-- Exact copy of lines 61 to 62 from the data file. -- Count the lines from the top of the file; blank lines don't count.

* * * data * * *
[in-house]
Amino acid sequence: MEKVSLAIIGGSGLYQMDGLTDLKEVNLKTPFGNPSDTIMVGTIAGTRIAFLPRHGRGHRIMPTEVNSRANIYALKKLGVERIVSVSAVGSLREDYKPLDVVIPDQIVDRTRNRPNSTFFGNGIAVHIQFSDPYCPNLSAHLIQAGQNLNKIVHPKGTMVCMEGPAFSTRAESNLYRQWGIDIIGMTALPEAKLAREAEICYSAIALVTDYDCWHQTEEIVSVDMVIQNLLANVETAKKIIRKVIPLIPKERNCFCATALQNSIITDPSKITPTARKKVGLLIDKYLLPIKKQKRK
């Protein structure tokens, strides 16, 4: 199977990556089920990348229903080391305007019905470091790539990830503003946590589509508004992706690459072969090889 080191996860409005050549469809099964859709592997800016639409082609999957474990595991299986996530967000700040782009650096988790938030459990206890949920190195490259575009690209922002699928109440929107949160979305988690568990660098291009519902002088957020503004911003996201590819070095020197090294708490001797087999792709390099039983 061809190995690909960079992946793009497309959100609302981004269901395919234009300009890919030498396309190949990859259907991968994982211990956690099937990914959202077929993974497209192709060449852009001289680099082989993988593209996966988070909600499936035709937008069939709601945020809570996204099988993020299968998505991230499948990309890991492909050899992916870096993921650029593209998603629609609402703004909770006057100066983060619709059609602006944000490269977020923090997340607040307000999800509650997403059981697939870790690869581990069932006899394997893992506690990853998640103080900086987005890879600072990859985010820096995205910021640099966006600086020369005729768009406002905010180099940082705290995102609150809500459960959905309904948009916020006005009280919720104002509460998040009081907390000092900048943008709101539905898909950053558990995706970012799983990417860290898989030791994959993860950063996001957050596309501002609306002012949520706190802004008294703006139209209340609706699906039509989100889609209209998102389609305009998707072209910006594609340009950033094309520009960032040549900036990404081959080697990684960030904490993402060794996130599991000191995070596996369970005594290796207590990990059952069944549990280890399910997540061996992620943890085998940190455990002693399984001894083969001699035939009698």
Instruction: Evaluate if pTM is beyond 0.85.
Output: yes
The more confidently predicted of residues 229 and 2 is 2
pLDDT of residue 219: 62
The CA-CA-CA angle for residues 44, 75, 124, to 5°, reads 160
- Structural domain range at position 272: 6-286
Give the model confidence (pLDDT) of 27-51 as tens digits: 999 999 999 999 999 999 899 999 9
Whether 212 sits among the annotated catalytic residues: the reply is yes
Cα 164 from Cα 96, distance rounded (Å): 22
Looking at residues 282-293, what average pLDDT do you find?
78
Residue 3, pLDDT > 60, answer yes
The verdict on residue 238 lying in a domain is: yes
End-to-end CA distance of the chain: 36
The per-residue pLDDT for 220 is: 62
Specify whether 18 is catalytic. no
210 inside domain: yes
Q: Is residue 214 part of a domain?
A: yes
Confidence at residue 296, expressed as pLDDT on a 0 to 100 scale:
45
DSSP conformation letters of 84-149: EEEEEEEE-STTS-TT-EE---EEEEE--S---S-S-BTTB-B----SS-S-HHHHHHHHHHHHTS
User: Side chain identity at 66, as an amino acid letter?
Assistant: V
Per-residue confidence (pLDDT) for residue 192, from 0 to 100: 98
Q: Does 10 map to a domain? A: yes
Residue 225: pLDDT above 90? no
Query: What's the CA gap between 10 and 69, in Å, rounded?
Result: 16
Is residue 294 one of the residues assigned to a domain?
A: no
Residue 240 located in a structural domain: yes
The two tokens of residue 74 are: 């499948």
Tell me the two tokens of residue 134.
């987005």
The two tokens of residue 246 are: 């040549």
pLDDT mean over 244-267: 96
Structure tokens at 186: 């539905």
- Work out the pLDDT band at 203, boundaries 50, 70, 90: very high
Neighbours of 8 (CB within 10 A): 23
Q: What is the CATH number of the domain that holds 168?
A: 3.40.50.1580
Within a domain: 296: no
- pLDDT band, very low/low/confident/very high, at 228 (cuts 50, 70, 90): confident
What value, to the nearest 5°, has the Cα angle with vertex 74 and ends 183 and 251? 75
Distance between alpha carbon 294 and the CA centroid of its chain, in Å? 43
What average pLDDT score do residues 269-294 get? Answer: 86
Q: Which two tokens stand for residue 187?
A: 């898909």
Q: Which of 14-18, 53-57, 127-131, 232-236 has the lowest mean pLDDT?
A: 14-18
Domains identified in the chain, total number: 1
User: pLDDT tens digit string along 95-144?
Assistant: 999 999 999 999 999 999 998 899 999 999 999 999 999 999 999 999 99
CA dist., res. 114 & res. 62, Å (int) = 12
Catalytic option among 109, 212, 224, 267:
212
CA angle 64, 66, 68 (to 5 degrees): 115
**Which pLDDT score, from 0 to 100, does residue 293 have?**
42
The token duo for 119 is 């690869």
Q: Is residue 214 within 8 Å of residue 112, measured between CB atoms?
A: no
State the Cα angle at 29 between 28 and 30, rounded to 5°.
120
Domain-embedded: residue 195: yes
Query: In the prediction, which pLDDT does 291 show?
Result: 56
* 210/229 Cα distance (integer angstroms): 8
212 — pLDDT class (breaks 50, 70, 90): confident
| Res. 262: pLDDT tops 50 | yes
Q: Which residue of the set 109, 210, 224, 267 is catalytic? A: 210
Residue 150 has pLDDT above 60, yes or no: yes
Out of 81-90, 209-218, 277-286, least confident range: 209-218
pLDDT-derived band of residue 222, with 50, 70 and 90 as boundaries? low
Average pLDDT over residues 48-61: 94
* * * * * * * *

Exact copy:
CA angle 64, 66, 68 (to 5 degrees): 115
**Which pLDDT score, from 0 to 100, does residue 293 have?**